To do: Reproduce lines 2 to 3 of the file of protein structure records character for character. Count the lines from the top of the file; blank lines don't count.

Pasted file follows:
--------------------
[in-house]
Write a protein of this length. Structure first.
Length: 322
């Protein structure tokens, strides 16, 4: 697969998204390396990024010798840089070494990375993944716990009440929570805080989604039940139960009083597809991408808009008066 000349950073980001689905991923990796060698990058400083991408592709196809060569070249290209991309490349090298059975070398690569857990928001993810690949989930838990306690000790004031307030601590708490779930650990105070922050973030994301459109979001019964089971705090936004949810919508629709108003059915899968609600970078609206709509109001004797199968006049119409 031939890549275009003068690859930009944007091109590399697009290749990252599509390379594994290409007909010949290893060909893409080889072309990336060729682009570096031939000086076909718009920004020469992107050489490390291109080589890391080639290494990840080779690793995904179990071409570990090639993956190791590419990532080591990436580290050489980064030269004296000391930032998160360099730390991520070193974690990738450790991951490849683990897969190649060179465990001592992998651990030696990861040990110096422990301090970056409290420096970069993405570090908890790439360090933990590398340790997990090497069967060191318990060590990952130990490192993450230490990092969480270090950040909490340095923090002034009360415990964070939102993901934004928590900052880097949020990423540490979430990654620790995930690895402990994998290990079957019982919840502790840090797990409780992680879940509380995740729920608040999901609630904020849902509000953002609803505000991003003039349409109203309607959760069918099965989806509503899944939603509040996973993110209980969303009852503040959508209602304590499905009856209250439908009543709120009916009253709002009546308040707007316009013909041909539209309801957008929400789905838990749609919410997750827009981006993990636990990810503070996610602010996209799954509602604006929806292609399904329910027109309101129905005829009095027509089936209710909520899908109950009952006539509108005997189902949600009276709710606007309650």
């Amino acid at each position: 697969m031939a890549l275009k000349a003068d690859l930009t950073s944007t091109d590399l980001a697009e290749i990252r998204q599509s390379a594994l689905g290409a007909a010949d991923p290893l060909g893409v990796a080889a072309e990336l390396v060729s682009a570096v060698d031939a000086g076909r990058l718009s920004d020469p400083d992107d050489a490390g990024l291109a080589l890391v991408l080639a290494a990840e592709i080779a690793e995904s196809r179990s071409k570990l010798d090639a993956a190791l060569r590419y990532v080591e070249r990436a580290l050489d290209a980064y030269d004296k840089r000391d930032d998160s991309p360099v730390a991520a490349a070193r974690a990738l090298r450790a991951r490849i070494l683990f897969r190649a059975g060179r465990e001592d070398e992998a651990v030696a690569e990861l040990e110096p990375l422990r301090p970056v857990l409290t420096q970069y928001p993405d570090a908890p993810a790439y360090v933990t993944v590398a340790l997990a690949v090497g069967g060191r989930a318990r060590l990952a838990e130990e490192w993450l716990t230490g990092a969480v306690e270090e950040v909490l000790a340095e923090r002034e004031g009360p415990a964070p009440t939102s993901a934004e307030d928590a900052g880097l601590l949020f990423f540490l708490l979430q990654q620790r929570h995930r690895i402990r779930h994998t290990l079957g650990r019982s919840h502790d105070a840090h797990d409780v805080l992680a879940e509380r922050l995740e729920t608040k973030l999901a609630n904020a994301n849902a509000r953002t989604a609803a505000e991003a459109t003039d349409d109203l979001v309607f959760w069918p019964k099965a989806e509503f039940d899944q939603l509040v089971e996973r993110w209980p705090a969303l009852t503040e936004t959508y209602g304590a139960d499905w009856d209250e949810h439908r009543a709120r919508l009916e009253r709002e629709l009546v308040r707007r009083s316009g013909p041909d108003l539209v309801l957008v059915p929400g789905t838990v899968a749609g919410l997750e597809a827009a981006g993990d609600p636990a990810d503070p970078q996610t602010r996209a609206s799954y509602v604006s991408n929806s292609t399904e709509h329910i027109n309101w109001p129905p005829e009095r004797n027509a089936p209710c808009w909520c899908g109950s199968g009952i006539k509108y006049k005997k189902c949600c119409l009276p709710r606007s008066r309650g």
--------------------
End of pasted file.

Write a protein of this length. Structure first.
Length: 322